TRENTON, N.J. — Gay rights advocates in New Jersey have been pushing for a decade to get state courts or lawmakers to recognize same-sex marriage. But this week, they demurred when Gov. Chris Christie called for a public vote to settle the topic. The main reason they've given is based on principle: It's not fair, they say, to let voters decide a civil rights issue.
But there's more to their position. It would be a costly and divisive fight, and they know the odds are against them, even though several recent polls have shown the majority of New Jersey voters support allowing gay marriage.
Steven Goldstein, chairman of the gay rights group Garden State Equality, said a public vote on the issue would not really reflect the will of the people.
"A referendum reflects which side can corrupt the political system with more money," he said.
Brian Brown, the president of the National Organization for Marriage, said his organization and others would put millions of dollars into a campaign against allowing gay marriage. "The other side has put forward a number of lies," he said. "Our job is to expose them."
So far, Brown's side has been winning.
Thirty-one times states have had votes on constitutional amendments to define marriage as being only between a man and a woman. The referendums have been approved 30 times. And in the one exception, in Arizona, voters two years later passed a similar amendment.
This year, marriage amendments could be on the ballots of about a half-dozen states. Only two are being pushed by groups that want gay couples to be allowed to marry. Those are Maine and California, where there are efforts to overturn constitutional bans.
In New Jersey, opponents of gay marriage have been calling for years for a constitutional amendment to ban gay marriage. But to get that or any question on the ballot, they would need the Legislature to approve it. In a state controlled by Democrats, that idea's never gotten much traction. But it got a boost this week from the governor.
Gay marriage advocates are already battling for recognition of same-sex marriages. But this month, state Sen. President Stephen Sweeney, a Democrat, said passing a law to allow it was a top priority. And on Tuesday, a measure was approved by the state Senate Judiciary Committee.
The same day, Christie, a Republican, vowed to veto any such bill and instead called for a public vote, saying such an important societal change should be made by the people, not lawmakers.
Michael Drewniak, a spokesman for the governor, would not say this week if the governor wants a referendum on whether to allow gay marriage or to ban it.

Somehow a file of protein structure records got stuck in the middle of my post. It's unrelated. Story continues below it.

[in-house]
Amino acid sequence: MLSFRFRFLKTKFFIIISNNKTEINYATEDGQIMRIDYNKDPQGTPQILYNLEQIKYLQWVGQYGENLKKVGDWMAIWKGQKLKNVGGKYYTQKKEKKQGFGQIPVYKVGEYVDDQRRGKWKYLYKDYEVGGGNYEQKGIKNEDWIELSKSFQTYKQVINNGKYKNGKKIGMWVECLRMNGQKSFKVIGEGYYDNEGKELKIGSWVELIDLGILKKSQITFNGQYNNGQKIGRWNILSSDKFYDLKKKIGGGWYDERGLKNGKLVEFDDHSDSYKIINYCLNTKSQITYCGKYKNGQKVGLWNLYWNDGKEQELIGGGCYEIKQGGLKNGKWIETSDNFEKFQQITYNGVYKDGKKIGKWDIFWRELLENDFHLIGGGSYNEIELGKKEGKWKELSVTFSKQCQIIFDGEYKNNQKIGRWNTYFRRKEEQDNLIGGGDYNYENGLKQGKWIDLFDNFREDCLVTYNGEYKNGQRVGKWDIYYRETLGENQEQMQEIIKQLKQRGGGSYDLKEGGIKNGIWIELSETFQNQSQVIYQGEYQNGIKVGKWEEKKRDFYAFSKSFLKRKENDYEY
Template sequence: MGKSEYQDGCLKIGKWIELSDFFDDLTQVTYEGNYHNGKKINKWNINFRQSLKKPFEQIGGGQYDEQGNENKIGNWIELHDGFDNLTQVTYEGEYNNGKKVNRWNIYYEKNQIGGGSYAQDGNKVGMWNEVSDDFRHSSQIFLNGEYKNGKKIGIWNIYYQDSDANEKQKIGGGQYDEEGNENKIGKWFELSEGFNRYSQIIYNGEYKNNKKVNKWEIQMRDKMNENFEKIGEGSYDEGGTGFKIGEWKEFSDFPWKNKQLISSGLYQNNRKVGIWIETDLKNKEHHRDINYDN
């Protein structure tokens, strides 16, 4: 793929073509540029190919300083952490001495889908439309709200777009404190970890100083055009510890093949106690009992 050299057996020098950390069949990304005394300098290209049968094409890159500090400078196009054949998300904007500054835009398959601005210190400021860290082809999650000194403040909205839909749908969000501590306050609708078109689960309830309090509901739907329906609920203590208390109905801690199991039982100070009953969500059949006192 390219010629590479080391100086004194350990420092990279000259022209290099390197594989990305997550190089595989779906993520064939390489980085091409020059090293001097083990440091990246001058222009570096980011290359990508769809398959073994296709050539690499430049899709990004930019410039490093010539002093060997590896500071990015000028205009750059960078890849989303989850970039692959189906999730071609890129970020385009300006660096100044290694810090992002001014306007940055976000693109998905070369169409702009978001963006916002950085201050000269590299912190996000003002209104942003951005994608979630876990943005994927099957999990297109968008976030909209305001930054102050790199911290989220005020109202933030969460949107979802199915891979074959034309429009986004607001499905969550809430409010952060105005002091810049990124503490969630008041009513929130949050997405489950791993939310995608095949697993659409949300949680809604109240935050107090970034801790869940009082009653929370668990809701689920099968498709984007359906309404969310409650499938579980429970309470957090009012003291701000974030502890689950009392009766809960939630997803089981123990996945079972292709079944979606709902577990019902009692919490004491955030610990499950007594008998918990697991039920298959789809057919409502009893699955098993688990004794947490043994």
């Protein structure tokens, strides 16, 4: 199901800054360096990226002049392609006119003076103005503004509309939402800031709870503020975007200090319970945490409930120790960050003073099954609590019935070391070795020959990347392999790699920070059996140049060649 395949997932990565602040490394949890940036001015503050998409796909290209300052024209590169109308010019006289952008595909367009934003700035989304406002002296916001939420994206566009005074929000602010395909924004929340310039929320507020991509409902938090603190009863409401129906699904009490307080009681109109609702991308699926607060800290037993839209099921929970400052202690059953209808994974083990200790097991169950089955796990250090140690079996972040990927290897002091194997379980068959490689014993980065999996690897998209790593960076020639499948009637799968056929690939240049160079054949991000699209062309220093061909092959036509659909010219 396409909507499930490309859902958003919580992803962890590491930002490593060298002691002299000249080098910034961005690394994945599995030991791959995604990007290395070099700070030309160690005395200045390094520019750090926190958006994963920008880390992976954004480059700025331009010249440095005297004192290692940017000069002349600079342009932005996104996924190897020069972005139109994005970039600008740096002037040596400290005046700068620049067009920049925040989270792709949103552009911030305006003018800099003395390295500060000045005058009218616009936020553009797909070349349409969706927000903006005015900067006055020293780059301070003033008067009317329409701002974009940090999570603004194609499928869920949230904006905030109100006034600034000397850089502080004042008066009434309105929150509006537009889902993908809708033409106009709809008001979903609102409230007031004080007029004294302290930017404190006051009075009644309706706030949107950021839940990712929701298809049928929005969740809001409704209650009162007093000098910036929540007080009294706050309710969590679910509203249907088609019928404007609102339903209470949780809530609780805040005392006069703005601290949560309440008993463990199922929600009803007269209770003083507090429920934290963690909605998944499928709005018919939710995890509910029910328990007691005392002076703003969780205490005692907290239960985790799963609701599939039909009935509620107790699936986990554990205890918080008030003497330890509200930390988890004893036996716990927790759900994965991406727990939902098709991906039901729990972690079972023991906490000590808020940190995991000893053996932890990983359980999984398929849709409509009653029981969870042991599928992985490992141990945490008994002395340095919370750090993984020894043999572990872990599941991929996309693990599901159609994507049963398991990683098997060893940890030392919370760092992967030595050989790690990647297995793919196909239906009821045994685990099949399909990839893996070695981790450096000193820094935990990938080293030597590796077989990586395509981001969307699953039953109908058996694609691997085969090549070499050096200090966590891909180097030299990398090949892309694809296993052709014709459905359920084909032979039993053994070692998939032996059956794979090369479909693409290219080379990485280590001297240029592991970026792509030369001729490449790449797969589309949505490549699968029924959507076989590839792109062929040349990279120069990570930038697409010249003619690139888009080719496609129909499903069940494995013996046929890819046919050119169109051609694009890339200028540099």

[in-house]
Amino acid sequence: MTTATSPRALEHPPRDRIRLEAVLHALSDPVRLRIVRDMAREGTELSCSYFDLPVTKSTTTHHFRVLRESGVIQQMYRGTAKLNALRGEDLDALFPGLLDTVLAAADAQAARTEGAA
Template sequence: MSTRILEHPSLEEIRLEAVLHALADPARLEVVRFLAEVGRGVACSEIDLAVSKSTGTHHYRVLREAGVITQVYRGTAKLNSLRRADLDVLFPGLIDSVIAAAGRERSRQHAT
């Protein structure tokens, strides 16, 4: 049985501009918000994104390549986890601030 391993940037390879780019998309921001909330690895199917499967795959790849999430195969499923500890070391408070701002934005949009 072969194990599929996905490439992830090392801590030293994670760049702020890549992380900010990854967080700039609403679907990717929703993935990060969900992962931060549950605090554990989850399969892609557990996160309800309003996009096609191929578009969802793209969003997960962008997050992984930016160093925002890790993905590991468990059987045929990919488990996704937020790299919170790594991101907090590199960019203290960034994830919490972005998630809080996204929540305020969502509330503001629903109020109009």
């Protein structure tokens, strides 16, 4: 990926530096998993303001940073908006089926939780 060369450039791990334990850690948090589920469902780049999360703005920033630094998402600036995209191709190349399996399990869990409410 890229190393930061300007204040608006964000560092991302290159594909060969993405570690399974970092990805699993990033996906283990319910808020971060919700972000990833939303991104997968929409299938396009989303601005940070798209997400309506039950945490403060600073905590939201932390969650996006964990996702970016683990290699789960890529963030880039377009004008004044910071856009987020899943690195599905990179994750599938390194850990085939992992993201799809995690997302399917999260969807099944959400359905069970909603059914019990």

Democratic officials quickly spoke up against Christie's idea, making it clear that the referendum wouldn't be put on the ballot anytime soon.
Many of those speaking for the Democrats were African-American leaders who related the battle for gay marriage to the fight for civil rights for blacks. "No minority should have their rights subject to the passions and the sentiments of the majority," said Newark Mayor Cory Booker.
The reasoning for gay rights groups goes beyond theory — and straight to the 30 state constitutional amendments already adopted in the U.S.
Marc Solomon, national campaign director for the New York pro-gay marriage group Freedom to Marry, said a referendum campaign in New Jersey might look a lot like the one in 2008 in California, where he worked as a volunteer during the last weeks of the campaign and after as director of Equality California. In California, voters put in place an amendment to bar same-sex matrimony months after a state court allowed it.
The two sides spent a combined $83 million in their campaigns — a large sum, but less than the state's two most recent gubernatorial elections.
Television commercials and online videos were ubiquitous.
Groups backing gay marriage, the side that narrowly won the spending battle, had an online fundraising video in which all sorts of gay marriage proponents, including children, used profanity and described opponents as hateful. Another ad, criticizing the role of Mormons in campaigning for the amendment, showed two Mormons knocking on the door of a lesbian couple's home. One of them said: "We're here to take away your rights."
Social conservatives asserted that allowing gay marriage would have widespread negative consequences. A frequently cited one: Schools would teach about homosexuality even if parents objected. In one spot, a girl tells her mother: "Mom, guess what I learned in school today? I learned how a prince married a prince and I can marry a princess." Another thread is that religious groups would be punished for having anti-gay or anti-gay marriage beliefs.
Solomon called those ads "pure hate-mongering."
And he said that the campaign caused harm. Young gays and children of gays were more likely to be bullied during the campaign, he said, and gay-led families suffered the psychological damage of having their very existence debated.
The National Organization for Marriage, which was founded in Princeton in 2007 but has since moved its headquarters to Washington, has emerged as one of the largest fundraising groups opposed to gay marriage.1 comment on this story
Brian Brown, the group's director, said it would invest heavily in New Jersey if there were a vote here. "The content of our ads would be similar to what you've seen throughout the country, which is telling the truth about the consequences of same sex marriage," he said.
Garden State Equality's Goldstein said opponents' ads prey on people's fears — but often sway voters. "If there were a law banning both sides from spending a penny, we'd win," he said.
Jim White, a former state deputy of the Knights of Columbus, a Roman Catholic-affiliated group that says it would campaign against gay marriage, doesn't have much patience for statements like those.
"They keep bragging about the polls," he said. "But they refuse to put it to a vote."